Dementia Village planned for Durham with Ontario Tech-Alzheimer’s Society partnership

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Published March 26, 2024 at 1:58 pm

Dementia Village Durham Region

With the number of Canadians living with dementia expected to nearly triple over the next quarter-century, the concept of a day use ‘Dementia Village’ in Durham Region is an idea that needs to be realized.

The Alzheimer Society of Durham Region and Ontario Tech University’s ‘Brilliant Catalyst’ innovation hub are doing just that with a Dementia Village concept already on the planning table and the dream just a few years away.

There is a dementia village in the Vancouver suburb of Langley; permanent long-term care residences for 188 people in a mini-town with the usual amenities like a grocery store and community centre, along with staff who are trained to deal with people with cognitive difficulties.

The village is based on the model of the world’s first dementia village in Weesp, Netherlands, called ‘Hogeweyk.’

The concept for the village planned for Durham – at a site still to be determined – will be day-use, however, with clients using the programs and services the Alzheimer’s Society already operates.

“A day-use village, using the village model, will be one-of-a-kind,” said Alzheimer Society of Durham Region (ASDR) CEO Gillian Barrie, who hopes to see the project running within the next five years.

“We’re still in the process of selecting a potential landing spot and we will have to do some fundraising,” she said. “How long it will take will depend on fundraising but it’s definitely a short-term future.”

“We’re hoping to see it built in the next five years.”

Generally, people living with dementia prefer to remain living in their homes for as long as possible while continuing to access community and home-based supports and services. But many families experience burnout and emotional distress from caregiving duties.

“This will be an opportunity for respite for the caregivers as well as an opportunity for clients to participate in out programs and services,” she said, noting that for every person in Canada who has dementia, a family member or friend will spend an average of 26 hours a week caring for them.

The organization believes people should be encouraged to live well with dementia but there is a lack of intentionally built dementia-friendly community spaces in Durham that are suited for people living with dementia and their care partners.

“ASDR has long recognized the value and significant impact that social and recreational programs can have on the lives of people living with dementia and their care partners,” Barrie said. “These programs provide cognitive stimulation, encourage peer support, relationship building, and a sense of purpose and belonging for our clients. We are excited to partner with Ontario Tech University on the development of a Dementia Village to bring an innovative solution to dementia care in our community.”

The possible solution that could at least offer a promise of hope is the village concept being developed by ASDR and the university.

The idea calls for a unique, dementia-friendly community space that is accessible, safe, inclusive and promotes activity, socialization, research initiatives and training programs to improve the quality of life for people living with dementia and their care partners.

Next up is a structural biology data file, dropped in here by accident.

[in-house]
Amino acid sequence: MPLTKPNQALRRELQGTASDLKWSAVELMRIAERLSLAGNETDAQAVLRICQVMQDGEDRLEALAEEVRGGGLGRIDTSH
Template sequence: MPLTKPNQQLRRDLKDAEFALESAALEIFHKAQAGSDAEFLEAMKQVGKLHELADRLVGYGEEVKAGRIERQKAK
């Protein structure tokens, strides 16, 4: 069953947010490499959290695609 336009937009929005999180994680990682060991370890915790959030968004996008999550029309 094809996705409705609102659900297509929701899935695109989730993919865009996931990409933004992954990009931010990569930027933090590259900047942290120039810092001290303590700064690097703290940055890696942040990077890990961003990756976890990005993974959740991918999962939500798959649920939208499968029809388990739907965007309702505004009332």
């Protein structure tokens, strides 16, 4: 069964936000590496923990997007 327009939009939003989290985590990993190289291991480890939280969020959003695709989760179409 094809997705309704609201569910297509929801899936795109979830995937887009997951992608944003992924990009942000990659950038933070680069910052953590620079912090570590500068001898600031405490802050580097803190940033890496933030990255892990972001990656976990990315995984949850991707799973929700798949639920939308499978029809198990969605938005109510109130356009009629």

On March 22 ASDR reviewed presentations for village designs developed by Ontario Tech students who have worked with the Brillian Catalyst hub. The student designs consider a wide range of criteria, including accessibility, transportation and cost, and considerations such as language and culture.

The village would also function as a learning environment to support teaching and training for Ontario Tech students as well as research initiatives to advance dementia care. The partnership will address the current lack of dementia research focusing on the experiences of diverse groups and racialized communities.

The Alzheimer Society of Durham Region has provided support and resources in the community for thousands of families for more than four decades as they navigate the difficult path together in caring for a loved one living with dementia. Each year, ASDR supports nearly 4,000 people impacted by dementia and it is estimated that by the end of this decade, close to 24,000 people in Durham will be living with dementia.

“Canada’s health-care system is just beginning to explore a holistic approach to health care combining social and medical models of wellness that encourages people living with dementia and their care partners to engage in activities to meet their non-clinical needs,” said Ontario Tech Research and Innovation Vice-president Dr. Les Jacobs. “Ontario Tech is delighted to work with Alzheimer Society Durham Region on the Dementia Village, an exciting initiative that also establishes the framework for the development and implementation of future community solutions.”

Barrie would certainly not disagree.

“This community space would function as a hub for program delivery, research, and training to ensure that all people living with dementia in Durham Region have access to the best care possible – now and in the future.”

Dementia Village, Weesp, Holland

The world’s first LTC Dementia Village in Weesp, Netherlands

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